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I was recently looking up word origins for various types of tricksters, in honor of April Fool's Day. Interestingly, I couldn't find much about the word "shill" other than that its origin was around 1916 and it came from "shillaber" or "shilliber."

Wikipedia notes that "Shillaber as a surname was known in the US during the 19th Century." But then this blog says "not one of the etymological sources I’ve looked at considers the two connected" and offers that it might instead be a Yiddish word.

I am intrigued. Does anyone have more information about the origin of this word?

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OED 2nd ed. has [Perh. abbrev. of shillaber.]. Shillaber has [Origin unknown.]. Both have "chiefly North-American". –  Cerberus Apr 1 '12 at 1:49
    
Given that we have a pretty good historical library of Yiddish publications, if it were a Yiddish word, I would expect that we would know exactly which one and have a written record of it. –  Peter Shor Apr 2 '12 at 12:46
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Seems to be originally American carny lingo. From 1926: Shillaber — An employee of the circus who rushes up to the kid show ticket box at the psychological moment when the barker concludes his spiel. He and his fellow shillabers purchase tickets and pass inside and the crowd of towners in front of the bally stand are not slow in doing likewise. With which lucid explanation of course we know all about the shillaber. –  Peter Shor Apr 2 '12 at 16:31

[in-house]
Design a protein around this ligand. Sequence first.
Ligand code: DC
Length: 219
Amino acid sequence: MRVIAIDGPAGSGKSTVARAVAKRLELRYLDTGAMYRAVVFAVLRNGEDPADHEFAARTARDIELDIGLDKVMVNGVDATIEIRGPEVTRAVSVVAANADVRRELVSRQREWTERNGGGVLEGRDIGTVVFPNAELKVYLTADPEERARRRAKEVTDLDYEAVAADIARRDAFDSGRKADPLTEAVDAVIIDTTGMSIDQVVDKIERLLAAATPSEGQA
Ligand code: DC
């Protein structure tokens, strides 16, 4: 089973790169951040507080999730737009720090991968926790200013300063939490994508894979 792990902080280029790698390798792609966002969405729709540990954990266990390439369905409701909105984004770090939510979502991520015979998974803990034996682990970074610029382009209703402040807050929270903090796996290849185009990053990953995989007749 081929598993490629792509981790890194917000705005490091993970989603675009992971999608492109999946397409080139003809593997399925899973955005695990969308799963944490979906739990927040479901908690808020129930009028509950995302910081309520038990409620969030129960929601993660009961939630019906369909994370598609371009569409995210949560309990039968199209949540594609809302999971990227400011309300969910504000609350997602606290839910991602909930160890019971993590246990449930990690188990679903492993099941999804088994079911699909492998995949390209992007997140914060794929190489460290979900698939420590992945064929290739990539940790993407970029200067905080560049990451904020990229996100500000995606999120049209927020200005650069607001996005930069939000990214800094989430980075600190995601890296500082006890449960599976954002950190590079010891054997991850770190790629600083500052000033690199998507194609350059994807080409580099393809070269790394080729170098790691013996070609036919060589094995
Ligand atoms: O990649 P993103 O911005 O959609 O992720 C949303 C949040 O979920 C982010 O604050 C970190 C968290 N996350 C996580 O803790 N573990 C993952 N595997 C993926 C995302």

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1 Answer

Jonathan Green says in his 2011 Crooked Talk: Five Hundred Years of the Language of Crime:

In the 1940s, the accomplice was known as a shill, although the term (possibly abbreviating the Irish shillelagh, a cudgel — thus he 'cudgels' the victim into participation) was used for anyone who lured the target into any sort of crooked game (as well as into brothels, strip-clubs and other places where they were likely to come out substantially poorer).

Tony Thorne's 2009 Dictionary of Contemporary Slang says:

The origin of the term is unclear; it is said to be based either on a proper name such as Shillibeer or on an archaic dialect form of 'skill'.

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